Suspension for Time Served Reversed

The U.S. Court of Appeals for the Federal Circuit recently reversed an arbitrator's decision which had reduced the penalty of removal to a suspension of "time served." Greenstreet v. SSA, No. 2007-3312 (9/24/08). The arbitrator issued his written decision 342 days after the grievant's termination and ordered him reinstated without back pay. In his petition for review, the employee asserted that the "effect of the arbitrator's decision was a 342-day 'time served' suspension, the length of which was arbitrarily determined by the time that the arbitrator took to issue a decision."

The court found that while the arbitrator did not expressly describe his award as imposing a "time served" suspension, his award did so by converting the removal into a suspension without pay for 342 days, from the effective date of the removal up to the date of the award. Citing Cuiffo v. U.S., 131 Ct. Cl. 60 (1955), and MSPB decisions, the court noted that a "time served" suspension was arbitrary and unfair where there is no explanation for the award. It stated that "The arbitrator in this case made no findings concerning the appropriateness of the length of Greenstreet's suspension." The court went on to conclude "that the length of the suspension is arbitrary when it is based solely on the suspended employee's 'time served' awaiting decision."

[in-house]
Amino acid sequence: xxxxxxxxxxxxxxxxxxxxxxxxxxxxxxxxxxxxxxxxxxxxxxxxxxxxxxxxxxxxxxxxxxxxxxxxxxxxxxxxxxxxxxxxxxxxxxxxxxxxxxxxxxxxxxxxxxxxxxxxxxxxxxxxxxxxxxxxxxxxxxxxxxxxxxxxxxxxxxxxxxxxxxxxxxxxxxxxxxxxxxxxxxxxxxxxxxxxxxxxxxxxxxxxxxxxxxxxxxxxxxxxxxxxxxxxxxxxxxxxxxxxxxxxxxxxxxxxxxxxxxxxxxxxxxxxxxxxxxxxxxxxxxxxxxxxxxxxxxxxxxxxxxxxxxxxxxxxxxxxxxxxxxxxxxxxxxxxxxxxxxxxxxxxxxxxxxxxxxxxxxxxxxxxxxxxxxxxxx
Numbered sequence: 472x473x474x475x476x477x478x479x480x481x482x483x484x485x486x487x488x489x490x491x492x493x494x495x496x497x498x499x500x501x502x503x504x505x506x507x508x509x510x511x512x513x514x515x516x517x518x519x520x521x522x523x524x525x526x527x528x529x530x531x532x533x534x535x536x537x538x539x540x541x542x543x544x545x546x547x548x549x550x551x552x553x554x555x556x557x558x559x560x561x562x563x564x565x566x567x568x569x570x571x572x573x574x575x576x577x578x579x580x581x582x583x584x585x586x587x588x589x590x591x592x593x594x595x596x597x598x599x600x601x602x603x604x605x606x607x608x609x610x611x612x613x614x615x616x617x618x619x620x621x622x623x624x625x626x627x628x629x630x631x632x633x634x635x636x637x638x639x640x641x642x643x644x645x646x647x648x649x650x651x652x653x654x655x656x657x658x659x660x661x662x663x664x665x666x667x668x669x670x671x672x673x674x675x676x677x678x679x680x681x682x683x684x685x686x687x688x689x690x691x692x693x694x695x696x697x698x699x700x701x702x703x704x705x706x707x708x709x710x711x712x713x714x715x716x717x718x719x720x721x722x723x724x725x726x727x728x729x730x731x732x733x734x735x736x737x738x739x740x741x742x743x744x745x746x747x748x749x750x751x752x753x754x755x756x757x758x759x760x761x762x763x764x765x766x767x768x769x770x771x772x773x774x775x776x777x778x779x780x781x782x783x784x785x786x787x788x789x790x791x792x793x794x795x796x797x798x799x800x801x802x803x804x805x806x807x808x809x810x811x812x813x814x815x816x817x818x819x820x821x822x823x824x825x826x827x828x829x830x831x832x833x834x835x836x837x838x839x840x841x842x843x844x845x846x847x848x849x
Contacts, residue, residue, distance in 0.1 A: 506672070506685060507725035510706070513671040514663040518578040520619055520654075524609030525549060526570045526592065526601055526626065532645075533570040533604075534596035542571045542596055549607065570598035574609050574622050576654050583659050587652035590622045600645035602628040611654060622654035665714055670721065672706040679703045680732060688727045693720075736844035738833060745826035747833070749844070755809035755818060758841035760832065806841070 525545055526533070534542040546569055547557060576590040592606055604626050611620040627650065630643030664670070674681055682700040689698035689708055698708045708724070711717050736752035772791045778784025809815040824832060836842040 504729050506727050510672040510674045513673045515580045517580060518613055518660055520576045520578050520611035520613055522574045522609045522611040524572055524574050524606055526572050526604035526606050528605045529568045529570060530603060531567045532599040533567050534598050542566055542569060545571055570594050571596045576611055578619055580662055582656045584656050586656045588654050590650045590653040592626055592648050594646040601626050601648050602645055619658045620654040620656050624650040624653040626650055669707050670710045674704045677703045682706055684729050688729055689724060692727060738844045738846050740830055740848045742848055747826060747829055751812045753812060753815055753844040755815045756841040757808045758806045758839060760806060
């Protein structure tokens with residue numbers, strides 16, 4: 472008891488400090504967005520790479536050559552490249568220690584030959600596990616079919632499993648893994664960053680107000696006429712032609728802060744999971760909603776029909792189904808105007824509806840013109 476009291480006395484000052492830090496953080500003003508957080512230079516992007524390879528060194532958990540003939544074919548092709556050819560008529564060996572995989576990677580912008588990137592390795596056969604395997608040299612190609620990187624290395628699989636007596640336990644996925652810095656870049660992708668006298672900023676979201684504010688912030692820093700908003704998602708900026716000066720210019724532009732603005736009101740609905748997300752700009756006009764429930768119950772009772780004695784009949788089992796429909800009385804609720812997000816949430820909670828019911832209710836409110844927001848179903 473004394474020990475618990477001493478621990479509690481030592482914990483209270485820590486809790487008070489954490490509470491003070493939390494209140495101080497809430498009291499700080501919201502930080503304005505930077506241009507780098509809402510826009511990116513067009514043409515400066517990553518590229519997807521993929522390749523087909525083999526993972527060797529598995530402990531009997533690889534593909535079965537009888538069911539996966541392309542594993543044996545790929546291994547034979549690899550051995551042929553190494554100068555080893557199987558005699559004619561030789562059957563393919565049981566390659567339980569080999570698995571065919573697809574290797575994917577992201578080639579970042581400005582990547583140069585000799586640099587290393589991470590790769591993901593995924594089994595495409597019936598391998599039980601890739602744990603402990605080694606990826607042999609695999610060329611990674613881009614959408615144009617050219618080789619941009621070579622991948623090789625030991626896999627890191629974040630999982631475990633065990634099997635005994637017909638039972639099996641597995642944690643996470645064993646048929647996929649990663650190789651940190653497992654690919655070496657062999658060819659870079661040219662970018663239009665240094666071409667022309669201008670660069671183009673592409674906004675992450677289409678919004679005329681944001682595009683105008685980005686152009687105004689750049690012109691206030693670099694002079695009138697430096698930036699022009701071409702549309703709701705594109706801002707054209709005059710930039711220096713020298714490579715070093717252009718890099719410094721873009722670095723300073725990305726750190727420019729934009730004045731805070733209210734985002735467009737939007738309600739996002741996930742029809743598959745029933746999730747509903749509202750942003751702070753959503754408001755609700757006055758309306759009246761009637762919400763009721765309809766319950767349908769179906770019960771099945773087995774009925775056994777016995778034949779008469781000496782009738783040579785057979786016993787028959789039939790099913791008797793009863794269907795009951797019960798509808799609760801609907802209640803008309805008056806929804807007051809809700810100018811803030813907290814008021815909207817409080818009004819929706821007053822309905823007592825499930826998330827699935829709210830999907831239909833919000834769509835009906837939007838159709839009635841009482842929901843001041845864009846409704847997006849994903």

The court, citing the leading case of Douglas v. Veterans Administration, 5 MSPR 280, 303-08 (1981), held that a reviewing authority should take into account the relevant factors when determining the appropriate length of an employee's suspension. "But it may not set the length of a suspension based solely on the time that it takes the reviewing authority to reach a decision." As the arbitrator's decision contained no findings or analysis concerning the appropriate length of the suspension, the "time served" award was vacated and remanded to the arbitrator for reconsideration of the appropriate length of the suspension under Douglas.

* This information is provided by the attorneys at Passman & Kaplan, P.C., a law firm dedicated to the representation of federal employees worldwide. For more information on Passman & Kaplan, P.C., go to http://www.passmanandkaplan.com.
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